I am happy to report that the main objective of running this blog was an experiment to see if a Jblog can actually run free from Loshon Hora. So far we have been successful.
This snippet of a chess position comes from an actual game played some 70 years ago. White moves north and the pawn at B7 can Queen. However, the ingenious player realized that Queening will not help, as Black will simply capture the Queen. Quoting from the rule book, that a player may promote to any piece (other than a King), White chose to underpromote to a Black Knight! Check Mate!
The judges ruled that he was correct, but quickly changed the rule going forward that one may only promote to a piece of his own color.
Now for the Chakirah. Suppose we have the following position (before the rule change) and it is given that it is Black’s move and he has never moved his King. Can Black castle?
The astute reader will realize that the only possible move for White was a pawn from A7 or B7 promoting to a Black Rook at A8. The rules of castling are pretty clear. One may castle if the King, and the Rook towards which it is castling with, has not moved. So has this Rook “moved” or not? Please respond in the comments.
Not that long ago, before the nuclear and Seforim proliferation age, there was a dearth of available texts in the Yeshivos. Rare was the Baal Habos who owned his own Shas. Bochurim needed to wait on line, sometimes until the wee hours of the morning to peruse the only dog-eared copy of Ketzos or Rashba that their yeshiva owned.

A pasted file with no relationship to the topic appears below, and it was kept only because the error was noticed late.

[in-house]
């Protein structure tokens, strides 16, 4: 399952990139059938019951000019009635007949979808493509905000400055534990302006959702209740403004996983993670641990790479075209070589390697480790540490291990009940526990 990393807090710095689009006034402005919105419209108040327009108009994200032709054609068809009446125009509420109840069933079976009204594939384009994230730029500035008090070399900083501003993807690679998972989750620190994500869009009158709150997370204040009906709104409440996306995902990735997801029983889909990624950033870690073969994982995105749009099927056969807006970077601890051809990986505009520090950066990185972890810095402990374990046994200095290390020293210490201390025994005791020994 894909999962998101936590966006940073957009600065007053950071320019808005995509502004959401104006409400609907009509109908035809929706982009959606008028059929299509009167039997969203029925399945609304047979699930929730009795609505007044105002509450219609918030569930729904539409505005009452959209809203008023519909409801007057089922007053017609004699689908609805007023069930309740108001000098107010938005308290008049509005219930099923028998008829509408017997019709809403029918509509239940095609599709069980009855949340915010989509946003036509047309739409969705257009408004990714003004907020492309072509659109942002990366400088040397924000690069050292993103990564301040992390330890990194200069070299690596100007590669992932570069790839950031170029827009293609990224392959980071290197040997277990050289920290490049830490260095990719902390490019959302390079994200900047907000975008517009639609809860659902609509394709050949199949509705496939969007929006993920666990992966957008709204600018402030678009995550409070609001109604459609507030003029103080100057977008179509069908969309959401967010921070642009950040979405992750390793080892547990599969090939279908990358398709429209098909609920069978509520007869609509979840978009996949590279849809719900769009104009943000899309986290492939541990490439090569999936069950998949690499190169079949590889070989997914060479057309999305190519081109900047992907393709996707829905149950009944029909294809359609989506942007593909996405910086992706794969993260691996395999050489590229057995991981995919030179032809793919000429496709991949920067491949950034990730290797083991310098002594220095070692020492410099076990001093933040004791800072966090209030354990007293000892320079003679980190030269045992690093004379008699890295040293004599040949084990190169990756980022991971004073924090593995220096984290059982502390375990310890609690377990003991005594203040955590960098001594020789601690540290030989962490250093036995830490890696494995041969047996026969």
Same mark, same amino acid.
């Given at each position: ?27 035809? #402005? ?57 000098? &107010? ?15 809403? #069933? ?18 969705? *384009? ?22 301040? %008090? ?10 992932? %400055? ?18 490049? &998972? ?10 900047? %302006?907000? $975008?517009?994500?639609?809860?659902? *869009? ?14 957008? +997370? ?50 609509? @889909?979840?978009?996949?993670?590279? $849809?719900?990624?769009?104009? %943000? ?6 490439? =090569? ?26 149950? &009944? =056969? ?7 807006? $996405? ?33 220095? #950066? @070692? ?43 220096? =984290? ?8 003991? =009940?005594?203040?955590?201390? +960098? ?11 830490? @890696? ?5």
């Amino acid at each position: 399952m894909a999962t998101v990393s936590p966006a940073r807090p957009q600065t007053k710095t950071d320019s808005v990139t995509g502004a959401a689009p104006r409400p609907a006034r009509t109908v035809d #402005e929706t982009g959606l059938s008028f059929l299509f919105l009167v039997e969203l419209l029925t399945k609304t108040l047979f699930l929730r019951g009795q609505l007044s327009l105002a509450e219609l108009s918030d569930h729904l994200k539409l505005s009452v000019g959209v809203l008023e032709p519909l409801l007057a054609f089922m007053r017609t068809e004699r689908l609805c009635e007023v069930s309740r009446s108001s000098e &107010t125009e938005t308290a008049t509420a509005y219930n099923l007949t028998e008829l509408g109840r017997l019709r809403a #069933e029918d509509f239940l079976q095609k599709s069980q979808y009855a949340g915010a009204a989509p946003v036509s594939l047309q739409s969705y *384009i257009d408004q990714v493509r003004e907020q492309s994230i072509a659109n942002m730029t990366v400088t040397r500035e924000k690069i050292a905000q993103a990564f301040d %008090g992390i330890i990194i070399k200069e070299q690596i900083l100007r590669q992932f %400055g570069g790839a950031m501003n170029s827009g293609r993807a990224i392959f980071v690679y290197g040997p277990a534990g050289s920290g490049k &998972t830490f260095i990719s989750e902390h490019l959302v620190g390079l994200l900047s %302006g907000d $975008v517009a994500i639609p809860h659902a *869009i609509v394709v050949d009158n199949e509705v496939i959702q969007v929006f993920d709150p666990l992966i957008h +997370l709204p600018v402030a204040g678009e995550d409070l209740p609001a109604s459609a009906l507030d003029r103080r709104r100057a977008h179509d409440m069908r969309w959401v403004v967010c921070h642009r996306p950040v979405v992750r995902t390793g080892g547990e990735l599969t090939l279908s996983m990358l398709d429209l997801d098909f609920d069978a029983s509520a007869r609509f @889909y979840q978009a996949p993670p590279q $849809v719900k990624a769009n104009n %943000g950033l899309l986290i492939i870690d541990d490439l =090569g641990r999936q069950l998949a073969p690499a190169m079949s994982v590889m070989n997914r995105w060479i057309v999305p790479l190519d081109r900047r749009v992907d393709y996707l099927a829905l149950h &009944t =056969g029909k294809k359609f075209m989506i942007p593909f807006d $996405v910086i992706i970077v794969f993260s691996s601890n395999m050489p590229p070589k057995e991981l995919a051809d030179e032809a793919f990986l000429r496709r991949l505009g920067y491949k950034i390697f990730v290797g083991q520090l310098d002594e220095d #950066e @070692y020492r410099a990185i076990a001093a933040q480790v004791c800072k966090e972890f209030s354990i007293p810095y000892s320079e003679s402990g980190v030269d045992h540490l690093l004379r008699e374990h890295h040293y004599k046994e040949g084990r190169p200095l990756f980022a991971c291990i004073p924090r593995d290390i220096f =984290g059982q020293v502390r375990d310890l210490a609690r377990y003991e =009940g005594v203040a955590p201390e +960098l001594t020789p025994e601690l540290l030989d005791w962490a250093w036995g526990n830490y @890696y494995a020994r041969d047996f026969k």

And this was in a time when printing was rampant. Take it back a few hundred years, before the printing press, and it was even more difficult to obtain the classic Talmudic texts and commentaries.
Fast forward to our era, when every Bar Mitzvah boy owns a Shas, we need to reflect on whether we are better off now or then.
One advantage to scarcity, is a stronger appreciation when you finally obtain the object. Memorization is more easily accomplished when required by necessity. Our generation is sorely lacking this skill.
Another related phenomenon that I’ve noticed in the past few years is the exponential growth of the photography industry. Standard film has become virtually nonexistent due to digital photography. While this has certainly made photo taking cheaper, the sad side effect is that although more and more photographs are being taken, less and less actually make it to a physical hard copy. I pity the person who stores all his memories on his hard drive, only to suffer the consequences of a hard drive crash.
My second grade Rebbe gave me a Tehillim as a prize for an ENTIRE year of effort. I cherished that little Tehillim, taking it wherever I went and tried to memorize portions of it. Today, such a gift would be meaningless. Every Chasunah or Bar Mitzvah participant receives an equivalent, if not nicer gift.
I might have 40,000 Seforim available on my hard drive, yet the Bochur of yesteryear probably learned more with only 100 Seforim at his disposal.
Newer editions of Seforim are produced every year. Better fonts, more footnotes, critical footnotes, square letters instead of Rashi script - so many improvements, but I somehow believe that the Yegiah of sweating it out with a Rashba from a bygone era, mistakes and all, is more conducive to productive learning.